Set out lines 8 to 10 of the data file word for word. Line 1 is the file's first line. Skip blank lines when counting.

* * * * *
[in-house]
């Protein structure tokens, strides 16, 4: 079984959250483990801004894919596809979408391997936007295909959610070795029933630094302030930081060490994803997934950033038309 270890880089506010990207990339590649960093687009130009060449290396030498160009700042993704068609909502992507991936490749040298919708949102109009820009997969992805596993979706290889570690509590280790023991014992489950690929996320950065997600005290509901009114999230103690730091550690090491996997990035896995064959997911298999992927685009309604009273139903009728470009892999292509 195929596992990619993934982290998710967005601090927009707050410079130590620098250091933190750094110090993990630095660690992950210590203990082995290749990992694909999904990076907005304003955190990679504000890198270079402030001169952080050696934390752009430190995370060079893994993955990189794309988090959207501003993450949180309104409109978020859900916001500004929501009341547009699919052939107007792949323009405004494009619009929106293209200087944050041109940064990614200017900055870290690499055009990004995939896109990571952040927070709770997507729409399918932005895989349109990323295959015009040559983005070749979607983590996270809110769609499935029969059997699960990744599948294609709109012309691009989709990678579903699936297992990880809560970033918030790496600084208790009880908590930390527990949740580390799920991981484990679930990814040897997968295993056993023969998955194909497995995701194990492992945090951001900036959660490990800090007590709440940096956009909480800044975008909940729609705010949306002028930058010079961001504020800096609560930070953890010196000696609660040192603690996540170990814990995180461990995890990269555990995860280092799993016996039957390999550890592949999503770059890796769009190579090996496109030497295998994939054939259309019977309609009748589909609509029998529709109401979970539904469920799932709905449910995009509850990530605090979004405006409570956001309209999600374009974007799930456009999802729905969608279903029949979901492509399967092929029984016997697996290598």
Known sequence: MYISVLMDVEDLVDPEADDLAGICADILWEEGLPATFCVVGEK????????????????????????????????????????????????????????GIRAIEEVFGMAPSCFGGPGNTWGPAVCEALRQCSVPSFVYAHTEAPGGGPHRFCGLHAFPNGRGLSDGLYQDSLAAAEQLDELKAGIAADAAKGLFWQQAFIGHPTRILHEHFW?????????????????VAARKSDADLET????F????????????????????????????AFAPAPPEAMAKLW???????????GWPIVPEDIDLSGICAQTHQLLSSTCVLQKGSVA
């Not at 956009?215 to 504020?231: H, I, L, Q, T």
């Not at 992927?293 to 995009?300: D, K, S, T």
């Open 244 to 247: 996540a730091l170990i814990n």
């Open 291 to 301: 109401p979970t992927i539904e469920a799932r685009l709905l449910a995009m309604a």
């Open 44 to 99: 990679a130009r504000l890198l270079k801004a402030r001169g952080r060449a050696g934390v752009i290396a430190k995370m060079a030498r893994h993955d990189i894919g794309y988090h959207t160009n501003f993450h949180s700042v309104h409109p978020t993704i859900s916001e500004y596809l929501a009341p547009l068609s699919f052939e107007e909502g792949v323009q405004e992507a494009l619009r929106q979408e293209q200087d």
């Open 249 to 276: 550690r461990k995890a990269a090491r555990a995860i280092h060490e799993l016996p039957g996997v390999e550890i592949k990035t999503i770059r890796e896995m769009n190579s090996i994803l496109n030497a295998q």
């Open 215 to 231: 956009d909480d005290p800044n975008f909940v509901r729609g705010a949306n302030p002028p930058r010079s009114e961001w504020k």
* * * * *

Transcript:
């Open 44 to 99: 990679a130009r504000l890198l270079k801004a402030r001169g952080r060449a050696g934390v752009i290396a430190k995370m060079a030498r893994h993955d990189i894919g794309y988090h959207t160009n501003f993450h949180s700042v309104h409109p978020t993704i859900s916001e500004y596809l929501a009341p547009l068609s699919f052939e107007e909502g792949v323009q405004e992507a494009l619009r929106q979408e293209q200087d």
């Open 249 to 276: 550690r461990k995890a990269a090491r555990a995860i280092h060490e799993l016996p039957g996997v390999e550890i592949k990035t999503i770059r890796e896995m769009n190579s090996i994803l496109n030497a295998q």
């Open 215 to 231: 956009d909480d005290p800044n975008f909940v509901r729609g705010a949306n302030p002028p930058r010079s009114e961001w504020k």